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When Art Inspires Art

This week I had the absolute honor of taking on a dramaturgical exploration of playwright Tarell Alvin McCraney and his body of work.


In a short summary of his bio, McCraney is from Miami where he was raised in Liberty City, an inner-city housing project known for it’s devastating poverty. From an early age he found solace in the arts, attending after school programs, a prestigious public arts school, earned his BFA in acting from DePaul University in Chicago, and eventually received his MFA in playwriting from Yale School of Drama. While in his graduate program, he was mentored by the great August Wilson. He is most well known for his trilogy, THE BROTHER/SISTER PLAYS. The trilogy is inspired by Yourba Mythology out of West Africa and by the work of Spanish dramatist Federico García Lorca. The trilogy takes working class, black americans, and places them in this extraordinary mythic universe. Within this world he allows an exploration of diversity within diversity. His language has a folklore poetic-ness to it. It’s human. It’s raw. It’s rhythmic. It’s breathtakingly beautiful.

This man has an incredible bio and has already proven himself to be a vital name in contemporary American Theatre world. In July 2017 he will begin his work as chairman of the playwriting department at Yale School of Drama. He will also succeed Paula Vogel as the new playwright in residence at the Yale Repertory Theatre. But beyond all of those great and glorious things, he is an artist who invests deeply into the community. A strong advocate for Miami, McCraney’s writing is not his only form of advocacy, he gives of his time, of his talent as other forms of advocacy. I LOVE THAT! He could easily not. Easily.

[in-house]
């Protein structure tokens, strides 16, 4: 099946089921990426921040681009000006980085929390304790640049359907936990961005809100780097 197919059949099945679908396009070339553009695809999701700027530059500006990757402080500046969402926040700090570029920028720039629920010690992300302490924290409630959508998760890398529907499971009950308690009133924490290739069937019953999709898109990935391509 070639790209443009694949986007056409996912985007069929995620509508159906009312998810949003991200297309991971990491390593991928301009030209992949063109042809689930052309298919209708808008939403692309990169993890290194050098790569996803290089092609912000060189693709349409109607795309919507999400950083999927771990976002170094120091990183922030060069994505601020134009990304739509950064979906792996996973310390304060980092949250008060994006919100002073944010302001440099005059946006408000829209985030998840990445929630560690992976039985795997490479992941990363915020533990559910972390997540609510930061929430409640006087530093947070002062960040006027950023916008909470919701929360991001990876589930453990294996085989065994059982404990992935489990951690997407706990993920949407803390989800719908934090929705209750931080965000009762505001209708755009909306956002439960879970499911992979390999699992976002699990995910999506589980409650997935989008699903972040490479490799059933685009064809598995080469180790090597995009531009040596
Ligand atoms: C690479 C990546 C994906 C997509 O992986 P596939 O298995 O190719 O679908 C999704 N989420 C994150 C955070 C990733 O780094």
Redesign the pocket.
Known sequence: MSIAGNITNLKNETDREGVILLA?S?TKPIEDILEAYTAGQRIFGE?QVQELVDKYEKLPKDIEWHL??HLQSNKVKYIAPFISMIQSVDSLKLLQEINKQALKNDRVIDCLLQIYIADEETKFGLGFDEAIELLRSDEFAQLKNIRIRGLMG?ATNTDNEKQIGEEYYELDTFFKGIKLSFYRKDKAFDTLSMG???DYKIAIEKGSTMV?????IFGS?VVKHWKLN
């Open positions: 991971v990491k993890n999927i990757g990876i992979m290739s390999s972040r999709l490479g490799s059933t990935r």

What I love most about what I’ve learned from McCraney, is that he is an artist who is inspired by all art forms. And his art inspires other art forms. They are in dialogue with one anther. They cohesively feed off one another. They find life within each other. As if all art surrounding him and his work were an offering of inspiration. For example, In Moonlight Black Boys Look Blue, inspired the movie “Moonlight,” which inspired this incredible dance from the Alvin Ailey Dancers.

Which leads me to self reflection questions that I invite you to ask yourself…

Where do you go for inspiration?

Where do you go to fill your artistic well?

What excites you?

What enchants you?

What moves your soul?

When is the last time you attended an artistic event outside of your own discipline?

As a playwright, I’ve realized that when I show up to my pages with an empty well. It is much harder to write. My pages end up feeling like work that I’m forcing myself to do. And not say that every time you take part in your discipline it should feel easy, or enjoyable, or good, or (insert positive adjective here). But what I mean to say is that when I don’t invest in my artist self, my pages are void of a soul because my artist well is quite simply, all dried up. If you find yourself stuck, check in with your artist well water levels. If you’re dry, go exploring! Find something that enchants you, big or small, and experience it fully. Whether it’s wandering into a comic book shop, or taking an afternoon to ride your bike down new streets, or going to an open mic night, or seeing the “Lego Batman Movie,” or whatever it is that peaks your interests. As artists it is vital that our levels of production and consuming have a sense of balance to their relationship.

Produce, Consume, Produce, Consume. Consume, Consume, Produce, Produce. If we are always producing, producing, producing, it will be impossible to sustain our artistry. I have found that when I try to overproduce my artist well dries up and I have to work extra hard to get back to a balanced place.

McCraney’s work filled my artistic well in ways I was’t expecting. His artistry is inspirational. His life is inspirational. Can you tell I’m a fan? So, I invite you to do something this weekend that fills up your artist well in a new and exciting way. It’s not a new to-do to add to your list, but instead it’s an invitation to pursue enchantment!

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